November 28, 1998, 02:55 PM
I have owned all three of the knives in question in right handed configurations.
The Sebenza has all the ergonomics of a stick and an annoying pointy thumbstud. That said, it also has THE strongest lockup of any folder, outstanding fit and finish, and edgeholding that exceeds that of any stainless knife I've yet to encounter. The blade/edge geometry is extremely efficient.
The Crawford Kasper is a BIG knife. Too big, in fact, to be comfortably worn in the pocket. A sheath was included, but if you're going to the hassle of a sheath, then wear a small fixed blade. It felt ok in the hand, but really didn't cause much excitement in me for the price tag. The workmanship was not what I'd hope for out of a $350+ knife. I've since parted ways with the knife.
The Emerson Commander is the least expensive of the three, and is what I carry if I wear a folder. The Commander's Wave feature makes it almost as quick to deploy as a fixed blade, and the blade sports a deep belly for efficient cutting. The only problem with this knife is that it really should be carried in your right front pocket (or left rear) so that the blade is held shut by the seam. The blade opens too easily for me to trust it otherwise. Edge holding of the ATS-34 blade is average.
The final choice, as far as I'm concerned, is only between Commander and Sebenza. The former is the fastest deploying folder available and is a pretty good all around user knife. The latter is slower to deploy, but sports the best blade and lockup in the industry.
November 30, 1998, 02:00 AM
That was an excellent summary of the three knives mentioned. Just a couple of points to add. Bob Kasper is a very big fellow (relative to me anyways). It stands to reason that he can handle bigger knives. Also, general concensus is that the Commander is the better choice for defensive use while the Sebenza is the better choice for utility use.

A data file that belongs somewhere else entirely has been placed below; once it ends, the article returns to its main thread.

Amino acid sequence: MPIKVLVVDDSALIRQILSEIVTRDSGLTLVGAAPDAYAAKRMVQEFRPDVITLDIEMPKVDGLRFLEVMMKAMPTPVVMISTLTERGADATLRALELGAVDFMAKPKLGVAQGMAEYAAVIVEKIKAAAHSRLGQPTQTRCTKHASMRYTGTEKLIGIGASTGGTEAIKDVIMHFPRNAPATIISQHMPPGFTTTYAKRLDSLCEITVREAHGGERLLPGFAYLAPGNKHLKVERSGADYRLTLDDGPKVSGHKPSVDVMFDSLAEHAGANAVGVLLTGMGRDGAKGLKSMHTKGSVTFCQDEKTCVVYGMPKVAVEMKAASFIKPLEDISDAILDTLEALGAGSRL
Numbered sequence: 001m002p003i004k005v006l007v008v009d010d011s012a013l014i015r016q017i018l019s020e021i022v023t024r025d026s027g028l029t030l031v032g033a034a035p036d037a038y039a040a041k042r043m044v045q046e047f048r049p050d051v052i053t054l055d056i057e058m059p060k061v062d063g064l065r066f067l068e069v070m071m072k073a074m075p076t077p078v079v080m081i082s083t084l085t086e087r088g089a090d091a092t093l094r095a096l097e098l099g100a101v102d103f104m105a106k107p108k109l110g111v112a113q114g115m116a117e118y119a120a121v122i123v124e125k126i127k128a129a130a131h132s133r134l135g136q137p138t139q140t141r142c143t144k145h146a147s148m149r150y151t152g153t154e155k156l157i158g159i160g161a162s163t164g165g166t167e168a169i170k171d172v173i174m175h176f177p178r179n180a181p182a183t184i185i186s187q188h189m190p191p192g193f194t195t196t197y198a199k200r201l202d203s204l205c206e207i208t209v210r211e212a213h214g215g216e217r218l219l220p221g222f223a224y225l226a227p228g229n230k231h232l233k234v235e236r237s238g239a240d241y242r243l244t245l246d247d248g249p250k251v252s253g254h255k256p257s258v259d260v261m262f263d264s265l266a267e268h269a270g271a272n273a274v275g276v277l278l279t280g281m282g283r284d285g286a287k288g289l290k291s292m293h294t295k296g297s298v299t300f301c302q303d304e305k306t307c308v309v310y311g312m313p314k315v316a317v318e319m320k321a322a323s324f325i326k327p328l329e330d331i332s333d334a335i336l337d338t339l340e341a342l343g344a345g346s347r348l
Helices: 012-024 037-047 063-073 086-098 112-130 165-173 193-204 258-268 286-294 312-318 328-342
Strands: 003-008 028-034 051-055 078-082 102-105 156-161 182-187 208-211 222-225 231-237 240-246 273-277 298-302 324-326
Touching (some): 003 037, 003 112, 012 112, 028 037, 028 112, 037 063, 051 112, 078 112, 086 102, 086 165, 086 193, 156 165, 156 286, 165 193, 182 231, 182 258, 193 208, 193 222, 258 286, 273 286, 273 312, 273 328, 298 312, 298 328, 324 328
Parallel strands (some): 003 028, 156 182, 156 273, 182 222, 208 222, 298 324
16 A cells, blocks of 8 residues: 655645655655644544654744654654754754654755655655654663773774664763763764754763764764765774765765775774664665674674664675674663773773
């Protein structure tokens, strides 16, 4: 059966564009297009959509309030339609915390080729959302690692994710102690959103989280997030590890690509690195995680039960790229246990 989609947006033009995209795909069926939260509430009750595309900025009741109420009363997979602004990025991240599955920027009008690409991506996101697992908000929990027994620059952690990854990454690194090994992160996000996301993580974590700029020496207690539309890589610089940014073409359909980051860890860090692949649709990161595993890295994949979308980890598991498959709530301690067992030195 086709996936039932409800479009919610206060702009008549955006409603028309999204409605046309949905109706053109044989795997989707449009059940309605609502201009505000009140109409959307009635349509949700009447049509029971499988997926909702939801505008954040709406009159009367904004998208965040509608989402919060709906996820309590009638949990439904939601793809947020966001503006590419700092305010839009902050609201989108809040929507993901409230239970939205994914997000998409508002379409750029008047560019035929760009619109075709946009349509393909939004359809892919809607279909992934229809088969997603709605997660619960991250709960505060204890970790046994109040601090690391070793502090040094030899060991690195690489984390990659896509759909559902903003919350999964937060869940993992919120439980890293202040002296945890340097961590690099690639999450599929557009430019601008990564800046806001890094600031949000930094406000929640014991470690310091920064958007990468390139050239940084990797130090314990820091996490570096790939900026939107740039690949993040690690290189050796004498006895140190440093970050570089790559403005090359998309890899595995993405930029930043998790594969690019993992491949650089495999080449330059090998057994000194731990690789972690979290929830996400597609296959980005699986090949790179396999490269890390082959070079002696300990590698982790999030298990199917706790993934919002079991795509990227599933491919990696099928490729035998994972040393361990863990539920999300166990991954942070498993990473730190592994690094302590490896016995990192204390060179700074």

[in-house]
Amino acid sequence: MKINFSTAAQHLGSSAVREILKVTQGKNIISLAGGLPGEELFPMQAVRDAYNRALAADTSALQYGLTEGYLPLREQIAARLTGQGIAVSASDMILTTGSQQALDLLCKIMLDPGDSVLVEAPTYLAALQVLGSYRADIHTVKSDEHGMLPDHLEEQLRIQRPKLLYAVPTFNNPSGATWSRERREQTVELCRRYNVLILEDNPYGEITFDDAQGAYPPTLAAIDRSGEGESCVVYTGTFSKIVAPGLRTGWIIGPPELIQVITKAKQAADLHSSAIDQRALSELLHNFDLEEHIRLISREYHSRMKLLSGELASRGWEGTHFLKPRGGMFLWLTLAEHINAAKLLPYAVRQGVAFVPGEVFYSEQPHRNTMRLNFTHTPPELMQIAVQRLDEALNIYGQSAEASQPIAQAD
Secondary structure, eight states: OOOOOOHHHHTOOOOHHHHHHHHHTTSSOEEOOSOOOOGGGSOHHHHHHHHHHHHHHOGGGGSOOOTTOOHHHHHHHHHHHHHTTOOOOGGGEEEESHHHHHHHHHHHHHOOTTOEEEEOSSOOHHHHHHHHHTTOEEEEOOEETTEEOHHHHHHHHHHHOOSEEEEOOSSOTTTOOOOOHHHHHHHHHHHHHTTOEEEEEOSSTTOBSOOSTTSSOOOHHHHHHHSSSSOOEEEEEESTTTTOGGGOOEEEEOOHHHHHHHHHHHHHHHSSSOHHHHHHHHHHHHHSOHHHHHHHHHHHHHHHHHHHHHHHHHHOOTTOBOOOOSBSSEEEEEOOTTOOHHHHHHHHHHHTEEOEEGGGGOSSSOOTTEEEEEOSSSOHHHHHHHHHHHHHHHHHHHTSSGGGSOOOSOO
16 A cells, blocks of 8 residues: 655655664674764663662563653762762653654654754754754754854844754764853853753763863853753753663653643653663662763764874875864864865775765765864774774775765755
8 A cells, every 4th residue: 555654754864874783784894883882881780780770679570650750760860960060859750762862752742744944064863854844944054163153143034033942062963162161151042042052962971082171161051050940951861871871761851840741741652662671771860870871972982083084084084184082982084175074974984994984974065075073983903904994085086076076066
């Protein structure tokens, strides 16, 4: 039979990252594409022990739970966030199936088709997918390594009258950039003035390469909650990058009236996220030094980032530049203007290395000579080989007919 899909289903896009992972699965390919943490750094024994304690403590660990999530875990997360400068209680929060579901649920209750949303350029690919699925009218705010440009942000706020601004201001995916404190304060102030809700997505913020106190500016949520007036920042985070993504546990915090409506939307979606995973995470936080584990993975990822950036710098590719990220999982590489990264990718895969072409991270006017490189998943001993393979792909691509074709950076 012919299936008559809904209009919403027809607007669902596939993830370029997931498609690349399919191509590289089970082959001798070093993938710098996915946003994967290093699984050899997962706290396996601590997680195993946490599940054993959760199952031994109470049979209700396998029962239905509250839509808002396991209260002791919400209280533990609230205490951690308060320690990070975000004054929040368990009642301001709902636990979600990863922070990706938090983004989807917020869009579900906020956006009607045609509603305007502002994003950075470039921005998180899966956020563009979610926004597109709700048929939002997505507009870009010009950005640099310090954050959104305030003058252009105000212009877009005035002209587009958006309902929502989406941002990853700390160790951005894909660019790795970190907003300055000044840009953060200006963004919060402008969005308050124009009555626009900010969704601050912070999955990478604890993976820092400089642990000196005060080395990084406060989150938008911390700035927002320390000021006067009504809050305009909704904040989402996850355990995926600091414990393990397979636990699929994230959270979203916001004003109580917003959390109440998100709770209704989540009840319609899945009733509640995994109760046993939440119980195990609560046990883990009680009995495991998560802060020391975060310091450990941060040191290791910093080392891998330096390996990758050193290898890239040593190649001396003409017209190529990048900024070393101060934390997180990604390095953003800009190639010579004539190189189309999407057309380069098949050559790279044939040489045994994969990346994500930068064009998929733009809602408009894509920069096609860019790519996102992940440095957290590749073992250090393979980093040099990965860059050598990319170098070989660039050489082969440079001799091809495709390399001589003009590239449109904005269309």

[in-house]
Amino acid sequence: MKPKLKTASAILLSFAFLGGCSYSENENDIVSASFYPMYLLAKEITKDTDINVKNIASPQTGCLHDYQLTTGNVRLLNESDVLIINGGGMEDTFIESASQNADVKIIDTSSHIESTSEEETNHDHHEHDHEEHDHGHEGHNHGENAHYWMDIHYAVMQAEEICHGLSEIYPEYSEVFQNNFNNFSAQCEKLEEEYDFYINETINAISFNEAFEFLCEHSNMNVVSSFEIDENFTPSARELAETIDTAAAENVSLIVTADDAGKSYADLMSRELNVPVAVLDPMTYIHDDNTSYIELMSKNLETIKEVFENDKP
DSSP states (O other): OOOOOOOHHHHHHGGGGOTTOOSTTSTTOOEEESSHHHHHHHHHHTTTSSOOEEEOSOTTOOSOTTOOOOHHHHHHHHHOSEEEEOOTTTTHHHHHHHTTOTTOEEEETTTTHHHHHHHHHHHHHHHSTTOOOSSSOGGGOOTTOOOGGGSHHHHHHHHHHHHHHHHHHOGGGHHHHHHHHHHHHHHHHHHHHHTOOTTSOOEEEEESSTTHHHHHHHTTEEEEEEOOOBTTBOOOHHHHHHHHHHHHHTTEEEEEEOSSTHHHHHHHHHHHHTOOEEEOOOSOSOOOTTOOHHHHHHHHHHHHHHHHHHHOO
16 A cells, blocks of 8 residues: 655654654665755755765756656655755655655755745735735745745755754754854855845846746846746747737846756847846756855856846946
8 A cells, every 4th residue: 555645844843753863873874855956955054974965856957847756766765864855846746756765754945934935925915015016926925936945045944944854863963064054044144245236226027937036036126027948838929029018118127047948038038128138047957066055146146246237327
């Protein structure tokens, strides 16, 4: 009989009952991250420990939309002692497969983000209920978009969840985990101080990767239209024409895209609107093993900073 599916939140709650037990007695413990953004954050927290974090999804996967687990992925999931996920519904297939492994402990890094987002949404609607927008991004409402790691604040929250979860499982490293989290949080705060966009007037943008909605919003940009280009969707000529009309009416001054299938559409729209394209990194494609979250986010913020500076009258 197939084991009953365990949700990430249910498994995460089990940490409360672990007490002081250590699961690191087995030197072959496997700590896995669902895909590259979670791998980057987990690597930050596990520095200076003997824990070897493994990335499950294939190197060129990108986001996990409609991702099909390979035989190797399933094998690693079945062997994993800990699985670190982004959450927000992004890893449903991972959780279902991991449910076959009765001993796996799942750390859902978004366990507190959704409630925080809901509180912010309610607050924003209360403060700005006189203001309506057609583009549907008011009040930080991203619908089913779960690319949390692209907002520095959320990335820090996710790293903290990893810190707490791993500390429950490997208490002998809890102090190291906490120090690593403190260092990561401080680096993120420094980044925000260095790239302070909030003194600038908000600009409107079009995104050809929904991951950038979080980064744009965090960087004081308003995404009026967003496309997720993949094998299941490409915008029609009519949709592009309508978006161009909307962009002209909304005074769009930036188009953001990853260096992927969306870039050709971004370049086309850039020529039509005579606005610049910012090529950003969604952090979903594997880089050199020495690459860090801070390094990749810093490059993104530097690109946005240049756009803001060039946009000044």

December 12, 1998, 01:26 PM
I carry a Crawford KFF and like it a lot. I'm not very big (5'6", 160 lbs.) but I carry it everywhere. I carry it in an in the pocket leather holster without the clip. I usual wear Docker style pants or shorts so I don't have a problem with the size. The added width of the blade gives a special sense of security for thrusting damage. The handle feels great. I don't think you can do any better for a great fighting handle.
I read recently that Crawford will be able to make the KFF with a Rolling Lock. If so, then that will be my next purchase. Liner locks are a bit too susceptible to auto-disengaging.
December 13, 1998, 07:15 AM
To add what Axel mentioned, anyone looking who wants a KFF but still think it's too big, the Crawfords now also make a smaller version of it now.
December 19, 1998, 06:31 PM
I have the mini Kasper in a ladder pattern damascus steel. I use it mainly as a utility knife and a back up knife to my full size Kasper. The blade is a bit small (3 inches) to be used for my main tactical folder, but it doesn't elicit as many stares when I use it at work. When I want to go lighter and less bulky, I tend to carry my AFCK with a slightly less than four inch blade.
When I travel by plane, my plan is to carry on the mini Kasper rather than the full size Kasper and AFCK. It doesn't look quite as "menacing."